Real-Life Stories of a Disabled Mom: A Tale of Two Surgeries or How to Talk to Your Kids About Procedures

Posted by Kieran O'Brien Kern in Life After Paralysis on October 06, 2021 # Health

Kern family posing together while sitting on a bench outsideGrowing up, I was the kid worried about everything and everyone and went out of my way to nurture them to the best of my ability. When close family members were sick, my worrying went through the roof. My family’s very 80’s and 90’s solution to this scenario was to curate my knowledge.

Fast forward 20 years to the fall of 2020, I was planning a minor bilateral leg surgery and didn't want my kids worrying. I went with my family’s methodology of minimizing everything and distracting the kids. My surgery was equated with a trip to the doctor that would help me walk better. I spent little time discussing it and most of my time planning a whirlwind weekend of fun at my sister’s house with the general idea of keeping them so excited that my surgery would be the furthest thing from their minds.

The night before the procedure, my children clung to me. They wouldn't let me out of their sight and even slept with me. They had a great time at my sister's house, but I left them unprepared as to how my recovery would be. As a value-added bonus, it made them jumpy every time they heard that I was going to the doctor. This motivated me to postpone a much-needed surgery.

In the late spring, I learned that the much-needed surgery I postponed had become more serious. My injury had progressed and now involved my spinal cord. In truth, one fall could have left me paralyzed from C3 down after a life with cerebral palsy I didn't want to willfully risk more when I could ideally regain or preserve my functionality.

This surgery would be more invasive my recovery would be longer. So, to avoid prior pitfalls, I wanted to communicate openly and honestly, making sure to answer all questions. Before we set the date, we established that I hurt my neck and couldn't move and do things the way I had. My preschooler would very sweetly and kiss my “boo-boo” neck to make me feel better. I explained that those made my heart feel wonderful, but the surgery would make me move and work the way I did before, even if it took some time.

We consulted with a therapist on how to best communicate with the girls. My husband and I wanted to let them know we were a safe place to ask questions. We shared a timeline with them based on the evidence I gleaned from studies of people with Cerebral Palsy who have had this surgery. This timeline gave them insight into how long I could be away.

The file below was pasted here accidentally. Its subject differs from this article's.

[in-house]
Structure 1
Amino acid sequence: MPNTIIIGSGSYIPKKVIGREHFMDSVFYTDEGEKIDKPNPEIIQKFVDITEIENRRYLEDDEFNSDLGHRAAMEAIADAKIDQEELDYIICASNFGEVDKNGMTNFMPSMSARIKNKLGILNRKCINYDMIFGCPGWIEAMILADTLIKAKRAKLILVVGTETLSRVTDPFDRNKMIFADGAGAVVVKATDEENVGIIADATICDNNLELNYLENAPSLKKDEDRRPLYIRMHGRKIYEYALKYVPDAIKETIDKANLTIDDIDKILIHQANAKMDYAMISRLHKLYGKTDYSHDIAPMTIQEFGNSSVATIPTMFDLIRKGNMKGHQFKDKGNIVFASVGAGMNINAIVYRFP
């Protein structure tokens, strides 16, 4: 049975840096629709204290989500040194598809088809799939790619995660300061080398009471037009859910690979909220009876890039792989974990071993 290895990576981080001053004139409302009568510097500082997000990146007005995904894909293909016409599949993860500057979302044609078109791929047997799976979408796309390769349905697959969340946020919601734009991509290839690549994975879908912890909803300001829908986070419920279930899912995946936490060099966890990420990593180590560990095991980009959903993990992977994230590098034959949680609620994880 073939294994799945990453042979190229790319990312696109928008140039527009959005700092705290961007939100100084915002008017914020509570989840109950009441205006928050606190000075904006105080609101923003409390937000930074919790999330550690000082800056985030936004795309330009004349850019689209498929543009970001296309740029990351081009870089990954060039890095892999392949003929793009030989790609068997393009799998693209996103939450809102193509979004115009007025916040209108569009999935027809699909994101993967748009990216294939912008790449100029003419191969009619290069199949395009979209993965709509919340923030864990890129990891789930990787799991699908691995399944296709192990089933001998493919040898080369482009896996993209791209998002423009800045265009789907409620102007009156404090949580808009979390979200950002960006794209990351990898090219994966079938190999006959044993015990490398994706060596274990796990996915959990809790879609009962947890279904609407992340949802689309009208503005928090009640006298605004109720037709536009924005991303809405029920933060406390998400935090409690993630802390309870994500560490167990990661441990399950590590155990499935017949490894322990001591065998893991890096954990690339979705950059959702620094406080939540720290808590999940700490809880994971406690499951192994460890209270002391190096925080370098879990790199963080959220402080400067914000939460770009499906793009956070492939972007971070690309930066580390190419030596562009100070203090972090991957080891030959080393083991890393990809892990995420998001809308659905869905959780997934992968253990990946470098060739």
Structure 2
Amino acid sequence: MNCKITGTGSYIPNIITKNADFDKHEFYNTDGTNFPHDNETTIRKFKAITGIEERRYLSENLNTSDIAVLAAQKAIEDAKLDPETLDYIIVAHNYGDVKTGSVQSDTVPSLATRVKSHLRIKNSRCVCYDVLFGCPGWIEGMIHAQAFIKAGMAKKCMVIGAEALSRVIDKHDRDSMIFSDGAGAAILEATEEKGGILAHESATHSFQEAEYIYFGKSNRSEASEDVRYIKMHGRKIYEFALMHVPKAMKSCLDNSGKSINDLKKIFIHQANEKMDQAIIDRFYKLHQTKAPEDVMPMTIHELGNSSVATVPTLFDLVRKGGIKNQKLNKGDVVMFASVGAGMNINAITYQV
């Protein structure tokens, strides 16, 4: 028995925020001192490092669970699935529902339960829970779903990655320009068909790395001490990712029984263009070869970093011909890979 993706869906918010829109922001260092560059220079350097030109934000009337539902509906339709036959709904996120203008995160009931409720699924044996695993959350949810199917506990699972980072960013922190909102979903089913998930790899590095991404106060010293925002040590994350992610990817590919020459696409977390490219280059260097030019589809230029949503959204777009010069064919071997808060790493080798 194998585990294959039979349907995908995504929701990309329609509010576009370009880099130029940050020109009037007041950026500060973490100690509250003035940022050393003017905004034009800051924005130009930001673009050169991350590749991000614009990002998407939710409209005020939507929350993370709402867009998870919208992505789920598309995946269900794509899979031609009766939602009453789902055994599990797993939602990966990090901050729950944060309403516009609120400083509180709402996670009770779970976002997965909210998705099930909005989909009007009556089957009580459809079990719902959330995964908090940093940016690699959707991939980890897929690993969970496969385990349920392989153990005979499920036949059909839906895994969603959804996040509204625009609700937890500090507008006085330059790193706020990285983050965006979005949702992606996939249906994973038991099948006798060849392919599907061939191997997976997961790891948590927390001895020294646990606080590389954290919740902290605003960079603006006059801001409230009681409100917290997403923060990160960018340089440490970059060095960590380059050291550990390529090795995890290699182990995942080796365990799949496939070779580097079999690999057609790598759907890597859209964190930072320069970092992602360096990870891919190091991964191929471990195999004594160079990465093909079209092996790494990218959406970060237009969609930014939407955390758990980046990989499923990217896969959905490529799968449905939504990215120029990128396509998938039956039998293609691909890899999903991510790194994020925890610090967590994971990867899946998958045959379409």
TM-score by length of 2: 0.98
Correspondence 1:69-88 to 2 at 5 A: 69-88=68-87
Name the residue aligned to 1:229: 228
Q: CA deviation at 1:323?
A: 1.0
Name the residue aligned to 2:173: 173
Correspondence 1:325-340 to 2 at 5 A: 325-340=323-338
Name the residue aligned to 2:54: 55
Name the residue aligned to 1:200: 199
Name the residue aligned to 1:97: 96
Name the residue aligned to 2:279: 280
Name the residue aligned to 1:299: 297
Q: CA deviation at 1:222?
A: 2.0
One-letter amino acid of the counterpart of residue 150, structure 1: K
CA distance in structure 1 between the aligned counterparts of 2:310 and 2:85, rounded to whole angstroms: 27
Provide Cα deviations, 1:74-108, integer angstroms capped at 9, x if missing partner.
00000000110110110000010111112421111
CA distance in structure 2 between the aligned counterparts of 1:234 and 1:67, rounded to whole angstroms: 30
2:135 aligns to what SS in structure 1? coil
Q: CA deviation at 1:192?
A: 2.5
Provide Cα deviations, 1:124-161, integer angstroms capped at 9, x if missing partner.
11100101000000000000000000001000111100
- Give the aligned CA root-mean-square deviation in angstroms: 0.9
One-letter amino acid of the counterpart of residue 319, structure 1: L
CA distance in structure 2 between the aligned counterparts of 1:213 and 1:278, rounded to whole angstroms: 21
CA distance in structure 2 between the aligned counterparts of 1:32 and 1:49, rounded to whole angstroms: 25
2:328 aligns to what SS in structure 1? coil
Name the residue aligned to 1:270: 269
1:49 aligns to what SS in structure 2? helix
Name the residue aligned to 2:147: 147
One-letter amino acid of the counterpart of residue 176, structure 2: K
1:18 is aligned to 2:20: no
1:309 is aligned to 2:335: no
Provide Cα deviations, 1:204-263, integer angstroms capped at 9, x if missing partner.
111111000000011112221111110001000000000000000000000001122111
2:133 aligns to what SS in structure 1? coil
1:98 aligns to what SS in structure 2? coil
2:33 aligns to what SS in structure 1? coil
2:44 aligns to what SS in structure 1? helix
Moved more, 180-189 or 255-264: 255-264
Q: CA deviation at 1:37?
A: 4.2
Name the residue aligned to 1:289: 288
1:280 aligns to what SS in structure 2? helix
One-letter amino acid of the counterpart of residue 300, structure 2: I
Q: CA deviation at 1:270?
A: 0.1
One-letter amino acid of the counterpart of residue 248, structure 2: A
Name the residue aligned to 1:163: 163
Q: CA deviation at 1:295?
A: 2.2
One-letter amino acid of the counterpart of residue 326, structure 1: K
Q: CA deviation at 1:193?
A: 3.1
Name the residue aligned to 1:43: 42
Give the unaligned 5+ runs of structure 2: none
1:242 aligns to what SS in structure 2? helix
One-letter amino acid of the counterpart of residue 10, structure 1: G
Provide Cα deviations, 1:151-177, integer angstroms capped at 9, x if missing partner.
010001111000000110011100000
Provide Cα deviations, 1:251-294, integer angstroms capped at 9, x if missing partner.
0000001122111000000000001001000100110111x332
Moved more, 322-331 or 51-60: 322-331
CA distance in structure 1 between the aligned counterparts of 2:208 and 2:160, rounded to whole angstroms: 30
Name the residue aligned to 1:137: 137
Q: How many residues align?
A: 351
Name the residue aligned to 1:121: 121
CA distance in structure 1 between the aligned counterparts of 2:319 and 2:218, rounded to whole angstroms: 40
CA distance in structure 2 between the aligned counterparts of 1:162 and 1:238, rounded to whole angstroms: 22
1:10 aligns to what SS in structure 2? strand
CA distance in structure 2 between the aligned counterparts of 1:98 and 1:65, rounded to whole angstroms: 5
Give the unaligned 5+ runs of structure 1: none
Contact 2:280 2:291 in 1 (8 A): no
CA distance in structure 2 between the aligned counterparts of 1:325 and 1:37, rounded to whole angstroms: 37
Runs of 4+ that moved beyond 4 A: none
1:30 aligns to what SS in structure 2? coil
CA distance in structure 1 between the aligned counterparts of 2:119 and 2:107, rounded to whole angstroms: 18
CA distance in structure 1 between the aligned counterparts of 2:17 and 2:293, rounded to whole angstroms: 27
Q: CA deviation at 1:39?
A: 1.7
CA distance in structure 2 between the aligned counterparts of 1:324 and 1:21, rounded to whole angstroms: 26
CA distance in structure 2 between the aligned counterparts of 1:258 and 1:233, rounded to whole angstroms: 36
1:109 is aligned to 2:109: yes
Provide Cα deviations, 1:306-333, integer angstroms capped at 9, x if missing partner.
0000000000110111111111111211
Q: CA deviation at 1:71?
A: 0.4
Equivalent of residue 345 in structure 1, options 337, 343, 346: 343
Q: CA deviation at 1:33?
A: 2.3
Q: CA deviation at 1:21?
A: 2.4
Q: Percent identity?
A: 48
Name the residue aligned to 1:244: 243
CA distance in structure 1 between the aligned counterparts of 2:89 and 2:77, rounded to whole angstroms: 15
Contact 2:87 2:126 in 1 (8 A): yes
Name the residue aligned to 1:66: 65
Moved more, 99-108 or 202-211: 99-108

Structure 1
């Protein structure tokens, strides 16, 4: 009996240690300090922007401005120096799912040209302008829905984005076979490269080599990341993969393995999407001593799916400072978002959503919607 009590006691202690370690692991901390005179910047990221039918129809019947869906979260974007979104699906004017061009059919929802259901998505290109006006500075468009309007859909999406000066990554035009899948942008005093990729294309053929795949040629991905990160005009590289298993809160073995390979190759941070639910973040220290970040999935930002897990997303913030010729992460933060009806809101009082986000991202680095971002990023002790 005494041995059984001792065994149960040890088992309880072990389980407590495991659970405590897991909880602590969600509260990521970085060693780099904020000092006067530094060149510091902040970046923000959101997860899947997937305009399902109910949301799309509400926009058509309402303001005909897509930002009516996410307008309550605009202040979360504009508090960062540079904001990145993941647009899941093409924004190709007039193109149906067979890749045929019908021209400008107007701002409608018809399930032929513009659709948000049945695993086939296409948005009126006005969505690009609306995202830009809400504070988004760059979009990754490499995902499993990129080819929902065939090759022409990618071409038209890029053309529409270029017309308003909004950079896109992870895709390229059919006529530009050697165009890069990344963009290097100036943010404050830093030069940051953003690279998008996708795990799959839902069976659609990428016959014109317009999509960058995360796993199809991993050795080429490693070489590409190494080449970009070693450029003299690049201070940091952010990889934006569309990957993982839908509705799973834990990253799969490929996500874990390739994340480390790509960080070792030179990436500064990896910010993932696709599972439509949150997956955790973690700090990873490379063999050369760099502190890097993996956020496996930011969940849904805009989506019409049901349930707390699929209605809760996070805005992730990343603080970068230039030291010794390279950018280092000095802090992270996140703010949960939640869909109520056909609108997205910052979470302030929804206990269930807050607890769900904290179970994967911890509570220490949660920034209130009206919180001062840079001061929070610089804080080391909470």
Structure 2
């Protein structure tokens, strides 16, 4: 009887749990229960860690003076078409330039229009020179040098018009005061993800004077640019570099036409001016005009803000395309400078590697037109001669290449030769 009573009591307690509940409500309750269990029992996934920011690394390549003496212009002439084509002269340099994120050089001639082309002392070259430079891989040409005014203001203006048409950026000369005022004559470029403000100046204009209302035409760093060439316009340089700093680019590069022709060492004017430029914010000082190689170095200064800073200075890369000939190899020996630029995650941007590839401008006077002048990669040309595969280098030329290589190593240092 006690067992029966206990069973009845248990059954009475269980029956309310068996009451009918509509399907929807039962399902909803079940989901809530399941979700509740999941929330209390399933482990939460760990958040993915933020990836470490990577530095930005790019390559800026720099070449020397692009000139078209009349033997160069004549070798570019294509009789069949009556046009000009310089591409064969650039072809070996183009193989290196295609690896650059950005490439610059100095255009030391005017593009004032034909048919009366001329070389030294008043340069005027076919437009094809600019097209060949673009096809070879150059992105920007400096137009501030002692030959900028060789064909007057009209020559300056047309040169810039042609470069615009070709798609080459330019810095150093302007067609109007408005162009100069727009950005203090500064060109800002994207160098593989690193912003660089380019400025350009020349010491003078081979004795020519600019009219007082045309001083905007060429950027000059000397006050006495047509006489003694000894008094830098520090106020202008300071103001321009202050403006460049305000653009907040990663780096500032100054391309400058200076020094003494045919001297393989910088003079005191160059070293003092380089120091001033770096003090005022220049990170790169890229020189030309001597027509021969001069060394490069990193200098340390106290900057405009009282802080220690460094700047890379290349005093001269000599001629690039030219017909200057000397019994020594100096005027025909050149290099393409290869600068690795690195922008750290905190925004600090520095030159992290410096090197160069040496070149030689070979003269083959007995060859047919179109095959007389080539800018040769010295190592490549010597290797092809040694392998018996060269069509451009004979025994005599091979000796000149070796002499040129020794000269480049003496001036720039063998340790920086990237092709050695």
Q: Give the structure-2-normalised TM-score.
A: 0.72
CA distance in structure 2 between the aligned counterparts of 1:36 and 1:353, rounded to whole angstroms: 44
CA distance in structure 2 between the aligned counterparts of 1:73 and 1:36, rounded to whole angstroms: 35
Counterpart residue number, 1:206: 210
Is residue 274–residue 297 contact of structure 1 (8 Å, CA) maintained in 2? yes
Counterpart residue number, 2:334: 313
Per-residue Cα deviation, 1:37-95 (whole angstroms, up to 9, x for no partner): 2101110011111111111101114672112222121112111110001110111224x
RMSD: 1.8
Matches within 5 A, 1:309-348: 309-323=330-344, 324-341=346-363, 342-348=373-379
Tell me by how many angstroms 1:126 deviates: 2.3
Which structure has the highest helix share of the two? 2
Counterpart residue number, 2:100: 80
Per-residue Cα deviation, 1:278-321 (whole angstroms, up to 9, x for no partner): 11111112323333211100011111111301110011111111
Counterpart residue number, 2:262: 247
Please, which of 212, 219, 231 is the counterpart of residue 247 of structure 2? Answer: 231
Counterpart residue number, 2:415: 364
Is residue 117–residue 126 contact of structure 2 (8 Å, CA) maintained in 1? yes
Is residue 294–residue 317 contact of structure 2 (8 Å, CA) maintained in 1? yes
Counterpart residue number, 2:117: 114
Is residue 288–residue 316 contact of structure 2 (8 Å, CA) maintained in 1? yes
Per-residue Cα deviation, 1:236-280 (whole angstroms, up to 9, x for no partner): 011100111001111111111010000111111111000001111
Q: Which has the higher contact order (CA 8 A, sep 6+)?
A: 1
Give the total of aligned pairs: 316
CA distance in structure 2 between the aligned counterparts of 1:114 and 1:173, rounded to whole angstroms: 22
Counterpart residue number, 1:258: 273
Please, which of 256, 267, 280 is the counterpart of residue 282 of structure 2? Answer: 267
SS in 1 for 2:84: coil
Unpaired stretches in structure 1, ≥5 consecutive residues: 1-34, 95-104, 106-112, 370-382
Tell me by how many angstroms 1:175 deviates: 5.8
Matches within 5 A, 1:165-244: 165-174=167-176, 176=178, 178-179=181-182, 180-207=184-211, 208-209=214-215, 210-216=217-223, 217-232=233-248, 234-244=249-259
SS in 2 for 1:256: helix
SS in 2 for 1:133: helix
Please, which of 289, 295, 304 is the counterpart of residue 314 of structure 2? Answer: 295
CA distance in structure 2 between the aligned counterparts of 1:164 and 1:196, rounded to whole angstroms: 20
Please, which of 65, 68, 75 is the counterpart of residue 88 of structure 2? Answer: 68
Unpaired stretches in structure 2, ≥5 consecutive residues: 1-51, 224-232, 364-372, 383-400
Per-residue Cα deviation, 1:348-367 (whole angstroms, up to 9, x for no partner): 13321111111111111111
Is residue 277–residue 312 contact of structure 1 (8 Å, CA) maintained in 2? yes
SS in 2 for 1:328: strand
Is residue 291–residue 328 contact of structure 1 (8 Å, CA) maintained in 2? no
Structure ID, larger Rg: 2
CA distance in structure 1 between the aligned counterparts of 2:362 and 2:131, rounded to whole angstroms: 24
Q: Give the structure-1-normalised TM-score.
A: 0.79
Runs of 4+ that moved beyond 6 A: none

Due to a need for additional care and eventual time in inpatient rehabilitation, my time away from my children was extended. I FaceTimed into a therapy session with my husband and explained that mommy had to go to rehab to learn how to use my body better and function when I come home.

During rehab, I arranged with the Recreation’s Director to have a visit with my girls so we could see each other and hug and play. Instead of whisking them away on a weekend of fun, we kept them at home and maintained a sense of normality. My mom stayed at the house, so the girl's activities, playdates, and birthday parties stayed the same. Keeping them informed, in contact with me, and their daily life as close to normal as possible made the difference between kids who jumped when I mentioned follow-up visits and kids who asked questions knowing their mom was coming home.

I’m Kieran Bridget O’Brien Kern. Power is literally my middle name. When my husband and I became engaged, we agreed that parenthood was a two-person job. I am the primary caregiver to our children, but we all work as a team. From infancy onward, we have adapted and grown together. Every day there is a new challenge. Every new challenge is an opportunity to learn more about them and myself.

The National Paralysis Resource Center website is supported by the Administration for Community Living (ACL), U.S. Department of Health and Human Services (HHS) as part of a financial assistance award totaling $8,700,000 with 100 percent funding by ACL/HHS. The contents are those of the author(s) and do not necessarily represent the official views of, nor an endorsement, by ACL/HHS, or the U.S. Government.